Sai Baba

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Indian guru Sai Baba is the controversial leader of the Prasanthi Nilayam ashram. His claims to performing miracles have been attacked by numerous critics, and in 1993 an attempt was reportedly made on his life. AFP/Qetty Images.

Sai Baba (b. 1926)

(religion, spiritualism, and occult)

Sai Baba is one of the most popular (and controversial) of contemporary Indian spiritual teachers (gurus). He heads what is claimed to be the largest ashram in the country. Sai Baba was born Satyanarayan Raju in the small village of Putta-parthi, Andra Pradesh. Biographical details of his early life are scant (and even his birth date is in doubt), but according to official sources, when he was 14 he began to behave in such a way as to make his family and fellow villagers believe he was possessed by a demon. Satyanarayan countered the accusation by saying that he had in fact been visited by the spirit of Sai Baba of Shirdi (1856–1918), the much-admired miracle-working guru of Maharashtra. The previous Sai Baba had been revered as a perfect master and a bhagwan (blessed one), a common title given to the most honored of teachers signifying that their level of wisdom is like that of a deity (a concept often difficult for westerners to grasp) and avatar (incarnation of divinity).

Sai Baba emerged as a popular teacher, and he soon out-performed his contemporaries with his miracles. His common miracles included materializing small objects for his followers, most often some vibhuti (sacred ash), and on occasion he caused valuable objects such as gold jewelry to appear. Numerous healings are attributed to him, too, as well as at least two resurrections of dead people.

Sai Baba established his ashram, Prasanthi Nilayam, at Anantapur, Andra Pradesh. It is currently managed by the Sri Sathya Sai Central Trust, which was formally organized in 1972. Through the trust, Sai Baba has led the Sri Sathya Sai Institute of Higher Learning, which became a university in 1981. More recently, he founded the Sri Sathya Sai Institute of Music, located in his hometown of Puttaparthy. He has inspired the opening of several hospitals, while also establishing a wide spectrum of services to minister to the poor. Evidence of the size of his following was clearly indicated when a modern airport had to be constructed near the ashram in order to facilitate the transportation needs of the millions coming to Prasanthi Nilayam.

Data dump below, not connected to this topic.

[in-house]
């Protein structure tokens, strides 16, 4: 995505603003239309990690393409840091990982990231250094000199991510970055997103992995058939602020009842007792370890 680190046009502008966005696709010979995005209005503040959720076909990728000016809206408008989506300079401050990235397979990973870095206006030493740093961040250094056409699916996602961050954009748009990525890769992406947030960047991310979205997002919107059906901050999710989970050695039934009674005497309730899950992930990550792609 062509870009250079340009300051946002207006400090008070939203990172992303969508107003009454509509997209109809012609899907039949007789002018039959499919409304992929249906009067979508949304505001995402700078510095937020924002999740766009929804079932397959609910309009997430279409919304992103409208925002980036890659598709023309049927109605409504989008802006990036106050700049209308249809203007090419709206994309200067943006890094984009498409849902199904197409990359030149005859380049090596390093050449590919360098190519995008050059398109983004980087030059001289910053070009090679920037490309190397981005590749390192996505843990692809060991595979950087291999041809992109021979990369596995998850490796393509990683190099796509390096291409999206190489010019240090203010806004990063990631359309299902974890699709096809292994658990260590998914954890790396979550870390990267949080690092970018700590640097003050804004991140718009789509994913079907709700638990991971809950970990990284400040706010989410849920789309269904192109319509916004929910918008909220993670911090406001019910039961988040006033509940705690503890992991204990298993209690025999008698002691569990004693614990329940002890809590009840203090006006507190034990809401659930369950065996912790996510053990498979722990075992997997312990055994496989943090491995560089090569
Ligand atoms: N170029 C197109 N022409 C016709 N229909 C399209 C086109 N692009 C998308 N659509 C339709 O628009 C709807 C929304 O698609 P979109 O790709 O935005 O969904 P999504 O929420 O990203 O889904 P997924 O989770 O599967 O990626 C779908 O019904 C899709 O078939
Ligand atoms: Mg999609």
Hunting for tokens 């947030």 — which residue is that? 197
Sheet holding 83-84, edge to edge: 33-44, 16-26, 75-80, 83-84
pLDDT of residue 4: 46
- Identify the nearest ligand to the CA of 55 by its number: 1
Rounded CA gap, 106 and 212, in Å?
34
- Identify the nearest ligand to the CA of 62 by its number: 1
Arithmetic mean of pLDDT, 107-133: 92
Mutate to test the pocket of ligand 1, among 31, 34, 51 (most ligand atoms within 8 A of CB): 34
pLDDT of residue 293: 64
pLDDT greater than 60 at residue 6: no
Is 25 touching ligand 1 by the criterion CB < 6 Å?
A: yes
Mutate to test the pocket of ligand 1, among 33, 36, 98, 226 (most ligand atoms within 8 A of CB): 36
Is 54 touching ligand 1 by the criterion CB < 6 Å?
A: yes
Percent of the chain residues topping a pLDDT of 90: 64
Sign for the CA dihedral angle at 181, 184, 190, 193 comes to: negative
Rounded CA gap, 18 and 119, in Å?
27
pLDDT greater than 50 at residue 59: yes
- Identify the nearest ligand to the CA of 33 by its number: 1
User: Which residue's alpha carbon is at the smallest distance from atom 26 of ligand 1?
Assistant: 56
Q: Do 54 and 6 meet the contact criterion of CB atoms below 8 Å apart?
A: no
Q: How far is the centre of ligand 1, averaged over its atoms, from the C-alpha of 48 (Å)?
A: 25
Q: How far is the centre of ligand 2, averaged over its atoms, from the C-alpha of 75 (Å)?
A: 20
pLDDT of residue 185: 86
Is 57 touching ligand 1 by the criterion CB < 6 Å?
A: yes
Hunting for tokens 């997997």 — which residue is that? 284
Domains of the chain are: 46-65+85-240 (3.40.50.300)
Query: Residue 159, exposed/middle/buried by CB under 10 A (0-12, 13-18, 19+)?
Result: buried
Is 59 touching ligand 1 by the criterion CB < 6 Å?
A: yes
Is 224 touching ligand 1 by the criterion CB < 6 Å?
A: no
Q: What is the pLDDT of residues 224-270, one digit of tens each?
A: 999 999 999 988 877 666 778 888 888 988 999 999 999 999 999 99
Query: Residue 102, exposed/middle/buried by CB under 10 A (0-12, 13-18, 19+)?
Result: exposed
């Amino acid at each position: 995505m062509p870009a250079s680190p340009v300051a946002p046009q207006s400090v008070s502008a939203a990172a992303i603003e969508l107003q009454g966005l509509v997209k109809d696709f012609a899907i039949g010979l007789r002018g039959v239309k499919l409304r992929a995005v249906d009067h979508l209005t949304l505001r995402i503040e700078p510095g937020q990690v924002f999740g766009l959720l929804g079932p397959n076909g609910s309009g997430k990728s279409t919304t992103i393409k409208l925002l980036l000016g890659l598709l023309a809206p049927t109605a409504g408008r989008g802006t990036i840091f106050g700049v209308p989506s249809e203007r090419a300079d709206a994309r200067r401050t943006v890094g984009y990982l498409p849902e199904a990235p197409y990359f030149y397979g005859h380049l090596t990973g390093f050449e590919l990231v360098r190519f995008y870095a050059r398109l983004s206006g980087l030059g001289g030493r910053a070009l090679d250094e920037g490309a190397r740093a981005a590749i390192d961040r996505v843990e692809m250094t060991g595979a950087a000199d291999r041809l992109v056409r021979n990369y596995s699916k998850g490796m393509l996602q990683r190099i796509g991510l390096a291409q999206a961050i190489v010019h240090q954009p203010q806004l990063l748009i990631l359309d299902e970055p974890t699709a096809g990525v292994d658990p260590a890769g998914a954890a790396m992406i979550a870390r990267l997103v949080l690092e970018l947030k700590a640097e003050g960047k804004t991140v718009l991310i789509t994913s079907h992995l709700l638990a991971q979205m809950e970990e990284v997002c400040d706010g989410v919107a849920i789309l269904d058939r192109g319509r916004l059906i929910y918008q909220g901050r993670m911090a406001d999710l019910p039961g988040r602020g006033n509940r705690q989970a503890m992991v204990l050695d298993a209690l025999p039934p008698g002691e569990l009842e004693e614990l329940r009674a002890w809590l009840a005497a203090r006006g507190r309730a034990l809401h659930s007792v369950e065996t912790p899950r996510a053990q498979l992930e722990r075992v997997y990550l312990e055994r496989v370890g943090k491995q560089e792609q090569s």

Though the recipient of many honors and the support of government officials, Sai Baba has become the target of numerous critics. The most extreme critics charge that his miracles are merely stage magic. The Indian Committee for the Scientific Investigation of the Claims of the Paranormal, headed by the now-famous “Anti-Guru,” B. Premanand, have continually attempted to expose Sai Baba’s often crude attempts to “materialize” objects by using sleight of hand. Though the evidence for trickery on Sai Baba’s part is substantial, it has done little to lessen his support, at least in India.

Sai Baba has also been attacked by some close former devotees, young men who claim that he abused them sexually. Then on June 6, 1993, six residents of Prashanti Nilayam, including Radha Krishna Menon (one of the people implicated in assisting Sai Baba with his fake miracles), were killed in Sai Baba’s bedroom. Police later claimed that four were assailants attempting to assassinate Sai Baba, and two were killed protecting their guru.

The critiques of Sai Baba have helped make way for a would-be rival. A young guru, Bala Wsai Baba, has established himself in the Kurnool district of Andhra Pradesh. He also claims to perform miracles and has attracted a substantial following, though nothing like the more famous Sai Baba.


Baskin, Diana. Divine Memories of Sathya Sai Baba. SanDiego: Birth Day, 1990.
Brooke, Tal. Avatar of Night. Special Millennial Edition.Berkeley, CA: End Run Publishing, 2000.
Hislop, John S. Seeking Divinity. Tustin, CA: Sathya Sai Society of America, 1997.
Murphet, Howard. Sai Baba Avatar. India: Macmillan Company of India, Ltd., 1978.
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